To counter the financial damage from America’s unprecedented national lockdown, the Federal Reserve has taken unprecedented steps, including flooding the economy with dollars and investing directly in the economy. Most of these moves received grudging acceptance even from many Fed skeptics, as they saw this stimulus as needed and something only the Fed could do.
But the Fed’s expanded powers are all the more reason to be skeptical of its entering into activities the private sector clearly could do and is doing, such as payments services and cryptocurrency.
My new CEI report, “Government-Run Payment Systems Are Unsafe at Any Speed: The Case Against Fedcoin and FedNow,” details the dangers of the Fed’s current plans for its FedNow real-time payment system, and proposals for central bank-issued cryptocurrency that have been dubbed Fedcoin or the “digital dollar.”
In my report, I discuss concerns about privacy, data security, currency manipulation, and crowding out private-sector competition and innovation. On the latter point, both FedNow and proposals for Fedcoin likely exceed the Depository Institutions Deregulation and Monetary Control Act of 1980, which restricts the Fed from offering new payment services and technologies if the private sector is already providing these financial products.
Proponents of FedNow and Fedcoin say the government must create a system for payments to deposit instantly, rather than encourage such systems in the private sector by lifting regulatory barriers. But as noted in the paper, the private sector is providing a seemingly endless supply of payment technologies and digital currencies to solve the problem—to the extent it is a problem—of the time gap between when a payment is sent and when it is received in a bank account.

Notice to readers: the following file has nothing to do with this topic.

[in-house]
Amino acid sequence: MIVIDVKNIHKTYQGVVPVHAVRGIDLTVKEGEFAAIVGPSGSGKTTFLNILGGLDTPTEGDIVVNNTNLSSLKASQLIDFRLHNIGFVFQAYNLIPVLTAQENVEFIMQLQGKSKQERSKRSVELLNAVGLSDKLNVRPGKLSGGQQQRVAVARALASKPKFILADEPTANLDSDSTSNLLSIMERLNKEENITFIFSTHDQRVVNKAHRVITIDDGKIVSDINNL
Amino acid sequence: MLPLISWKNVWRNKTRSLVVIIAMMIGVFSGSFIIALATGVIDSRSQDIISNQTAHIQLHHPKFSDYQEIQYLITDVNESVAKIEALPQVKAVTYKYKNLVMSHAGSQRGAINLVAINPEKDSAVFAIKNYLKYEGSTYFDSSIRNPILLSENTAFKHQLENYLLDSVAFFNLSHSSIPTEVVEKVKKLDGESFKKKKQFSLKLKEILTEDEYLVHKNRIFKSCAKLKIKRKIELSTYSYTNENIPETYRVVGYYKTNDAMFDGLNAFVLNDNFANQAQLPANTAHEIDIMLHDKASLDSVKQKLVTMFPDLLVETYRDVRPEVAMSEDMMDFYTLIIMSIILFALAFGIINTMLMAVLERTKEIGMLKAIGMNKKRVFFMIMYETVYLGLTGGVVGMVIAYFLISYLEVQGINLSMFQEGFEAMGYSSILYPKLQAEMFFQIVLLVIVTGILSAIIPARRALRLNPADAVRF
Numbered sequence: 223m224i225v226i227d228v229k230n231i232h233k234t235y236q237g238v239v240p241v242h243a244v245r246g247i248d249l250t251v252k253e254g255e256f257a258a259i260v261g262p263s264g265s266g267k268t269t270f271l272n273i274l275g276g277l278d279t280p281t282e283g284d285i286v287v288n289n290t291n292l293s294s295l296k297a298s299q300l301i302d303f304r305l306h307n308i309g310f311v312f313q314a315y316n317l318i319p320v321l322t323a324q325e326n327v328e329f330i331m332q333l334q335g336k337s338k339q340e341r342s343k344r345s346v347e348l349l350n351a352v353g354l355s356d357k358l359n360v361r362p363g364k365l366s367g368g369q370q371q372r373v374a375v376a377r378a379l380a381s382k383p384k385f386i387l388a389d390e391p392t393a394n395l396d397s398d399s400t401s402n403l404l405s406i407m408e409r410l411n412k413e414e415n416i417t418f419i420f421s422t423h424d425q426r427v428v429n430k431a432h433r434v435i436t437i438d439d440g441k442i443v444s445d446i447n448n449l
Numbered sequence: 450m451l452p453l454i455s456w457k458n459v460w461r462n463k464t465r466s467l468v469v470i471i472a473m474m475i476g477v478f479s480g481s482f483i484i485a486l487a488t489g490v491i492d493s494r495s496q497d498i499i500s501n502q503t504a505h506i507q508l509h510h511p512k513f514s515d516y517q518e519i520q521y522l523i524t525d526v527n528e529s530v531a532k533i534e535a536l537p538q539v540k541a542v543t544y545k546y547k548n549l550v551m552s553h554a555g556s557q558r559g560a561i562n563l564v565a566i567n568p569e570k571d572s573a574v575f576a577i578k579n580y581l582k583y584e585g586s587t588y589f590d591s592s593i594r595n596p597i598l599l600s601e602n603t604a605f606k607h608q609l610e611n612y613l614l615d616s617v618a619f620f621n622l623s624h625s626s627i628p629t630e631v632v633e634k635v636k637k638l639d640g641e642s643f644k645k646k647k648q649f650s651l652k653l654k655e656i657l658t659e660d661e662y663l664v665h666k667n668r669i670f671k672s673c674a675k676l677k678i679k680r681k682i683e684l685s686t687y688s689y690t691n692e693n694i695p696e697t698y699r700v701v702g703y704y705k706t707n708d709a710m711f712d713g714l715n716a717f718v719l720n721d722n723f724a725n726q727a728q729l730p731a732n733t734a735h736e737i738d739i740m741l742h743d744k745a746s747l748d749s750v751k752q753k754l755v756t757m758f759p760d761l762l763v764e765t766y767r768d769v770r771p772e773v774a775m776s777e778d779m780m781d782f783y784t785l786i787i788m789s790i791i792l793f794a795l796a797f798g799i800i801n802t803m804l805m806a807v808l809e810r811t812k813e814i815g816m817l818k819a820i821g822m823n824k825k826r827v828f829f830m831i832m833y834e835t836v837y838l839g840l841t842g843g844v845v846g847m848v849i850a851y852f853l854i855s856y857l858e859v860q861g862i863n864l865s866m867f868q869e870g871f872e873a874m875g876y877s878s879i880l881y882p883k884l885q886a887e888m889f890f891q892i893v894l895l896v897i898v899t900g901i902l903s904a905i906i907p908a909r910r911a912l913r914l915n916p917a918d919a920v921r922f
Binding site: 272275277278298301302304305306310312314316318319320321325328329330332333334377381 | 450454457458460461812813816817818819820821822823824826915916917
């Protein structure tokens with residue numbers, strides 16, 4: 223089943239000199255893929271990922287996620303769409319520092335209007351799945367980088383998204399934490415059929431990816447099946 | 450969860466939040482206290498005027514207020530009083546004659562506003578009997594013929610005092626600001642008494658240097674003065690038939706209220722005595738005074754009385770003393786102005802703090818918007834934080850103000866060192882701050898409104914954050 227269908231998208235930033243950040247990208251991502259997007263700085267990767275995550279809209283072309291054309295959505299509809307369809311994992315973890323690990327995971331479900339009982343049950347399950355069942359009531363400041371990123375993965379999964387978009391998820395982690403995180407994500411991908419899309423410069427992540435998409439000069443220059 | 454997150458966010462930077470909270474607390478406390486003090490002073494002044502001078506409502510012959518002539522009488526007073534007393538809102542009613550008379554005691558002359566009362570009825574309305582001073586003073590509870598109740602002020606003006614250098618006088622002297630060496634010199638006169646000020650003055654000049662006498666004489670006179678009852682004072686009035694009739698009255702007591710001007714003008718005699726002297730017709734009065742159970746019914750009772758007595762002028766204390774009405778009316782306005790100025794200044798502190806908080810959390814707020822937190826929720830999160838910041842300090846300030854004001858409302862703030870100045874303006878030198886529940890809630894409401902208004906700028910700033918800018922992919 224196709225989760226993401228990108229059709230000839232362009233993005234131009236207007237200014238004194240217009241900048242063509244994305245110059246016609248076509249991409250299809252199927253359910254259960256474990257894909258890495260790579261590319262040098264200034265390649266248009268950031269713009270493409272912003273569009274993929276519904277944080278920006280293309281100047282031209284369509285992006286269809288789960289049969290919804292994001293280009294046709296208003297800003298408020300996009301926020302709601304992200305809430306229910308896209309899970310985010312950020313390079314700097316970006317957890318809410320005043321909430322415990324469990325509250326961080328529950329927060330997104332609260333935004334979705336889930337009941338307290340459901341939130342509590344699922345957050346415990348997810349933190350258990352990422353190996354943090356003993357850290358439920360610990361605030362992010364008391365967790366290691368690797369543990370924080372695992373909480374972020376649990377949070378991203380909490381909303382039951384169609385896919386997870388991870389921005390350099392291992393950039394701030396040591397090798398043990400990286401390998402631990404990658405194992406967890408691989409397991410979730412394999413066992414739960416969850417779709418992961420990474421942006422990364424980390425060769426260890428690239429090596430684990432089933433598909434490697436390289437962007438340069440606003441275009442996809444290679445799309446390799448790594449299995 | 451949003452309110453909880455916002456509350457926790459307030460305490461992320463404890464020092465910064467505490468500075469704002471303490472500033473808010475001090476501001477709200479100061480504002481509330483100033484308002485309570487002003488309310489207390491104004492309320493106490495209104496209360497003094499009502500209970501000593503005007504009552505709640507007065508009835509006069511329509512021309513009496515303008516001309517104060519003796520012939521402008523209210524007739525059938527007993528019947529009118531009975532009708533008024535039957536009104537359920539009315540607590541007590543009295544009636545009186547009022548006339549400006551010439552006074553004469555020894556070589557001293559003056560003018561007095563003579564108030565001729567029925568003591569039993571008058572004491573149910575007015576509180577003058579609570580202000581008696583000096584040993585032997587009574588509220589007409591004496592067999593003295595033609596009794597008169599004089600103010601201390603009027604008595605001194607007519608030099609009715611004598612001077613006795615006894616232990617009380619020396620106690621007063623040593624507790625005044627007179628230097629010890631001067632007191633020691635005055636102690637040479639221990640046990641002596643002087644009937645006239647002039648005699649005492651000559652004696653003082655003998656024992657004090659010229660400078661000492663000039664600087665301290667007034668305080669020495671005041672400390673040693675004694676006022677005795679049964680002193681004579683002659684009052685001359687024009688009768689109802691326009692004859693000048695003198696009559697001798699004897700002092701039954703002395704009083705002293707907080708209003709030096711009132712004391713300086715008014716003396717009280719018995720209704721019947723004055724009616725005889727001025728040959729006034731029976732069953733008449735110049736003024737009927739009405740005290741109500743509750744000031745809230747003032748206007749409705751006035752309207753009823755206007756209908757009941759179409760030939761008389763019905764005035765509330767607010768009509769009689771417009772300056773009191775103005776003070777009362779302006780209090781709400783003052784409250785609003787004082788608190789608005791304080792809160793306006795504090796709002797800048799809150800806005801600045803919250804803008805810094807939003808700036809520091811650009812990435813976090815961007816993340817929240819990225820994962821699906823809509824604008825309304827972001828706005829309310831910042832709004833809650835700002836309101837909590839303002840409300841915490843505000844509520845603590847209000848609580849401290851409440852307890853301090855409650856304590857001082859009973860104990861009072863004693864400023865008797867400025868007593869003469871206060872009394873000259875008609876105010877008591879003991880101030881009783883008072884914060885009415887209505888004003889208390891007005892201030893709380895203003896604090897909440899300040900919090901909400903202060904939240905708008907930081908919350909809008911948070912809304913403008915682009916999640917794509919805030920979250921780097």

My paper makes the case that government involvement in this area would likely frustrate services already being offered to reduce or even eliminate this problem. And the examples of private-sector innovation in this area are many.
The Clearing House, a bank-held cooperative that has been routing interbank payments in various forms for more than 150 years, has been clearing real-time payments since 2017. By the end of 2018 it was covering 50 percent of the deposit base in the U.S. Its goal was to be able to offer its services to almost 100 percent of depositors by mid-2020, but the Fed delayed this interconnectivity when it announced it was entering the industry last year. Many bank decided to wait to see what the Fed would get off the ground, which by the Fed’s own estimates, could take until 2024.
Then there is the cryptocurrency development of “stablecoins,” such as Tether and the Facebook-developed Libra. Stablecoins, which can be denominated in a single national currency, can lower the costs of payment processing for businesses and consumers. They can also increase financial inclusion for the unbanked and underbanked who are currently locked out of digital transactions.
There are also emerging payment apps that can work around the payment gap and help lower-income consumers. Dave is a subscription-based service that charges $1 per month. It builds customers a budget to help them better predict when they are about to overdraw their bank accounts. And if customers are about to overdraw their accounts, it will advance its subscribers up to $75 interest-free as a small-dollar loan to be paid back from their next paycheck.
Similarly, the earned-wage access provider Earnin’ allows users to access their wages immediately after they’ve earned them, relying only on voluntary tips for compensation. It has been praised by anti-poverty crusaders such as T.D. Jakes.
As I conclude in the paper:
Fedcoin and FedNOW … could create many new problems. The correct policy for the Fed and other government actors is to sit back and leave citizens to experiment and innovate with private options in currency, payments, and other sectors.